View Article: PubMed Central - PubMed

Affiliation: Systems Biology and Mathematical Modeling Group, Max Planck Institute of Molecular Plant Physiology, Potsdam-Golm, Germany.

ABSTRACT
The accumulation of high-throughput data from different experiments has facilitated the extraction of condition-specific networks over the same set of biological entities. Comparing and contrasting of such multiple biological networks is in the center of differential network biology, aiming at determining general and condition-specific responses captured in the network structure (i.e., included associations between the network components). We provide a novel way for comparison of multiple networks based on determining network clustering (i.e., partition into communities) which is optimal across the set of networks with respect to a given cluster quality measure. To this end, we formulate the optimization-based problem of concurrent conditional clustering of multiple networks, termed COCONETS, based on the modularity. The solution to this problem is a clustering which depends on all considered networks and pinpoints their preserved substructures. We present theoretical results for special classes of networks to demonstrate the implications of conditionality captured by the COCONETS formulation. As the problem can be shown to be intractable, we extend an existing efficient greedy heuristic and applied it to determine concurrent conditional clusters on coexpression networks extracted from publically available time-resolved transcriptomics data of Escherichia coli under five stresses as well as on metabolite correlation networks from metabolomics data set from Arabidopsis thaliana exposed to eight environmental conditions. We demonstrate that the investigation of the differences between the clustering based on all networks with that obtained from a subset of networks can be used to quantify the specificity of biological responses. While a comparison of the Escherichia coli coexpression networks based on seminal properties does not pinpoint biologically relevant differences, the common network substructures extracted by COCONETS are supported by existing experimental evidence. Therefore, the comparison of multiple networks based on concurrent conditional clustering offers a novel venue for detection and investigation of preserved network substructures.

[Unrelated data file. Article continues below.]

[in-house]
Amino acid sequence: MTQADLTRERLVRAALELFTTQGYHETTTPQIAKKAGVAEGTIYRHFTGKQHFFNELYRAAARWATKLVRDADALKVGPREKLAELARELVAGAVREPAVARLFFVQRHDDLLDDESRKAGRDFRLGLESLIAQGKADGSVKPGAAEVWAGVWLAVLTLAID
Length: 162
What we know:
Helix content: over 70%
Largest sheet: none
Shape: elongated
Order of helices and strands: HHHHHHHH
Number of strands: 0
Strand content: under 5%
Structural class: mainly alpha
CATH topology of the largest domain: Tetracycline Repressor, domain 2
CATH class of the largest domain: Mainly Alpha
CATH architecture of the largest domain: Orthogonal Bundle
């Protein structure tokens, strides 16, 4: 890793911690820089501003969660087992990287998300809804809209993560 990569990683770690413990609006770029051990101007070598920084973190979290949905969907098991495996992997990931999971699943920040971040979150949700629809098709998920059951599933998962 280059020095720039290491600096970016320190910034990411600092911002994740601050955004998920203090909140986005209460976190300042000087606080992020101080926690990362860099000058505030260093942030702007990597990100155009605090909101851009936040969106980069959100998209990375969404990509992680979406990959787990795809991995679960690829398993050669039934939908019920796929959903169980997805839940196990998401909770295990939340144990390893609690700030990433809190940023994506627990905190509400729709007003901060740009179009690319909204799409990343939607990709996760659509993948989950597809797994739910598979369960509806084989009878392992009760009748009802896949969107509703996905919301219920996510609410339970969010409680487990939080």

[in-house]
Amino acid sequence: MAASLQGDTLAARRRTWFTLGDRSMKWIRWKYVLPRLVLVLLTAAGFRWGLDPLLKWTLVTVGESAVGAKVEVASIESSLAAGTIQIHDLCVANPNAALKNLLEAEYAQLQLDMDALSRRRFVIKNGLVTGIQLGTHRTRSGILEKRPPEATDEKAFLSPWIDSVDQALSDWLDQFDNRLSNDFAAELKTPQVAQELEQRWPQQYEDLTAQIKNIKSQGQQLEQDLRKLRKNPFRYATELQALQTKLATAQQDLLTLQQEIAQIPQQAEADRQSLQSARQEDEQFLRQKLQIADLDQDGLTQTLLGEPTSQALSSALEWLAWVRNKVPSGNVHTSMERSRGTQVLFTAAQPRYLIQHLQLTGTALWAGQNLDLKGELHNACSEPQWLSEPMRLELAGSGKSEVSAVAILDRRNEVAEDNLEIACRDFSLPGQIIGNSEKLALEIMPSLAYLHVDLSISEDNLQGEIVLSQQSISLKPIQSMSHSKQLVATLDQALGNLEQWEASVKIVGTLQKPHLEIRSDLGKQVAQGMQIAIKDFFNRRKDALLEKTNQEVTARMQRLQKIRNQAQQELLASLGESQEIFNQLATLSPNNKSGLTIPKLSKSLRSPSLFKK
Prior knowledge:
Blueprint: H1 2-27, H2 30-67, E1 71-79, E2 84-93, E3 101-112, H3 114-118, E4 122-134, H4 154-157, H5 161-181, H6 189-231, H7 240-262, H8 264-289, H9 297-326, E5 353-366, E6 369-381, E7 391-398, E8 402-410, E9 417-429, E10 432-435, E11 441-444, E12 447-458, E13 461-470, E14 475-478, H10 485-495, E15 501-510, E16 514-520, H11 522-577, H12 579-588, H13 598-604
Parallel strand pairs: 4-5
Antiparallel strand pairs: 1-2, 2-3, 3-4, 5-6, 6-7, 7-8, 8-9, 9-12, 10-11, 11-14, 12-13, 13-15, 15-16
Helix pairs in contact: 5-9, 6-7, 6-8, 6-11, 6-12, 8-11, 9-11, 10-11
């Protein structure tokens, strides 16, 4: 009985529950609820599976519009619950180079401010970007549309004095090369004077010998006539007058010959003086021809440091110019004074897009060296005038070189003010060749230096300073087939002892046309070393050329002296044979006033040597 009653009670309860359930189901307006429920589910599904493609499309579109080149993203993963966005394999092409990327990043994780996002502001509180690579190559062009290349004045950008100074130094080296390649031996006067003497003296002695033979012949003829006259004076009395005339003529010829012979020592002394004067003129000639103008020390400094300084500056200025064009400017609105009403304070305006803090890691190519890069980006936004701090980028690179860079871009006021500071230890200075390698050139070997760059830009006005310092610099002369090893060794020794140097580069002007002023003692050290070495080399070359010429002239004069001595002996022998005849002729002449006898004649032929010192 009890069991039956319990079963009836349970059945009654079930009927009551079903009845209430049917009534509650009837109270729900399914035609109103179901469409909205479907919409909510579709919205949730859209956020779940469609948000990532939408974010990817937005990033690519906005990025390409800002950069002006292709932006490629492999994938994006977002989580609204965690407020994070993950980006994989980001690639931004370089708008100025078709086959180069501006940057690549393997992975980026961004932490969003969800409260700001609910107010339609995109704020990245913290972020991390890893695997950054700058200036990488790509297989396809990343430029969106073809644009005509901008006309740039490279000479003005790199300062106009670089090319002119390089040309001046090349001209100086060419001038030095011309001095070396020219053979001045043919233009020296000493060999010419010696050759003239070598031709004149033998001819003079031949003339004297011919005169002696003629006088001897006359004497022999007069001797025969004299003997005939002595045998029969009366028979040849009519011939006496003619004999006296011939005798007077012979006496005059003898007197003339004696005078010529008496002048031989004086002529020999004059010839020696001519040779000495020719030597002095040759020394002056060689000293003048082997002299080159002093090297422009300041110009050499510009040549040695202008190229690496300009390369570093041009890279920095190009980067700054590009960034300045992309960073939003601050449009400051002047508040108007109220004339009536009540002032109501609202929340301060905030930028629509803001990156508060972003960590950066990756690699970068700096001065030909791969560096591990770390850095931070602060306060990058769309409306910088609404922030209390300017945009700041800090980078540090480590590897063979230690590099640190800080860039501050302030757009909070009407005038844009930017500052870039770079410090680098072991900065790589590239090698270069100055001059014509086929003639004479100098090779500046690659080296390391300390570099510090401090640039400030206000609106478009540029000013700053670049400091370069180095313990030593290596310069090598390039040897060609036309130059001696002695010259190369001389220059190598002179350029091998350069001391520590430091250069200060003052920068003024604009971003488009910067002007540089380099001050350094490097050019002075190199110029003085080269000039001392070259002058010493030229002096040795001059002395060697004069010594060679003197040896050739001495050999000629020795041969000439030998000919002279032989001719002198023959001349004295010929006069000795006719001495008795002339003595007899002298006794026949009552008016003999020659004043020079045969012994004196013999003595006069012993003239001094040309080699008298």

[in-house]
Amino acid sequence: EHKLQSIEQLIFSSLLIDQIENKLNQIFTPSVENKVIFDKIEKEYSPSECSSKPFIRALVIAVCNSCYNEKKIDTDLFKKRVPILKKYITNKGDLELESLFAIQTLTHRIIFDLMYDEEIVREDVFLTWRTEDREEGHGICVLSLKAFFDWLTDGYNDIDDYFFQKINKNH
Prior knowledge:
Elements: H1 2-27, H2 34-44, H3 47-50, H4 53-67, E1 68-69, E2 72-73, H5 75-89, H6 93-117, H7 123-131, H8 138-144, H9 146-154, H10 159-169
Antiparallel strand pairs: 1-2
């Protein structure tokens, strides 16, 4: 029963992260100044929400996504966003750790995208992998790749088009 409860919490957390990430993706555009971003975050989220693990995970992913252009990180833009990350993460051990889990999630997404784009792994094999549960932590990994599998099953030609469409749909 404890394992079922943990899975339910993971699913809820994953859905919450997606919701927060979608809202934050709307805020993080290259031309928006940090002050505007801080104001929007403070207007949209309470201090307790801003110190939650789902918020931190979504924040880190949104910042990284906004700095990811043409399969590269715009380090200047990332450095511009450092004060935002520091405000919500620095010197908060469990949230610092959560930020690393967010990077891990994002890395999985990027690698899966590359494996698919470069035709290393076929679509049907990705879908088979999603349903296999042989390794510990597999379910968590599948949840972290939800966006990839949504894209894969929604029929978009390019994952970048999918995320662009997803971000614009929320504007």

Show MeSH
Related in: MedlinePlus